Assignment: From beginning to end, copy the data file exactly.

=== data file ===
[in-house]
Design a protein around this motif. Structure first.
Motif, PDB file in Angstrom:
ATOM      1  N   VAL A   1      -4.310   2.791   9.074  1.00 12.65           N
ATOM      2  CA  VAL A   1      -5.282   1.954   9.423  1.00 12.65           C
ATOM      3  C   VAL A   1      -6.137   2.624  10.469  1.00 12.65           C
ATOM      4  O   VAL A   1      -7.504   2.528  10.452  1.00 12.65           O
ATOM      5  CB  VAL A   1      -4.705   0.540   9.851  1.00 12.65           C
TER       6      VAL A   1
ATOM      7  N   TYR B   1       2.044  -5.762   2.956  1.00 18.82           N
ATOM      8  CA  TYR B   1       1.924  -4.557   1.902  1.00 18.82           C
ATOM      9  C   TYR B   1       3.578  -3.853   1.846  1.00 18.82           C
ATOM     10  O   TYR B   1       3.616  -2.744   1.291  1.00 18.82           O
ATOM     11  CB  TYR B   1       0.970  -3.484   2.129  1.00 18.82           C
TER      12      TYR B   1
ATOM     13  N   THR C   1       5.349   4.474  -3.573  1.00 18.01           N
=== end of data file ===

[in-house]
Design a protein around this motif. Structure first.
Motif, PDB file in Angstrom:
ATOM      1  N   VAL A   1      -4.310   2.791   9.074  1.00 12.65           N
ATOM      2  CA  VAL A   1      -5.282   1.954   9.423  1.00 12.65           C
ATOM      3  C   VAL A   1      -6.137   2.624  10.469  1.00 12.65           C
ATOM      4  O   VAL A   1      -7.504   2.528  10.452  1.00 12.65           O
ATOM      5  CB  VAL A   1      -4.705   0.540   9.851  1.00 12.65           C
TER       6      VAL A   1
ATOM      7  N   TYR B   1       2.044  -5.762   2.956  1.00 18.82           N
ATOM      8  CA  TYR B   1       1.924  -4.557   1.902  1.00 18.82           C
ATOM      9  C   TYR B   1       3.578  -3.853   1.846  1.00 18.82           C
ATOM     10  O   TYR B   1       3.616  -2.744   1.291  1.00 18.82           O
ATOM     11  CB  TYR B   1       0.970  -3.484   2.129  1.00 18.82           C
TER      12      TYR B   1
ATOM     13  N   THR C   1       5.349   4.474  -3.573  1.00 18.01           N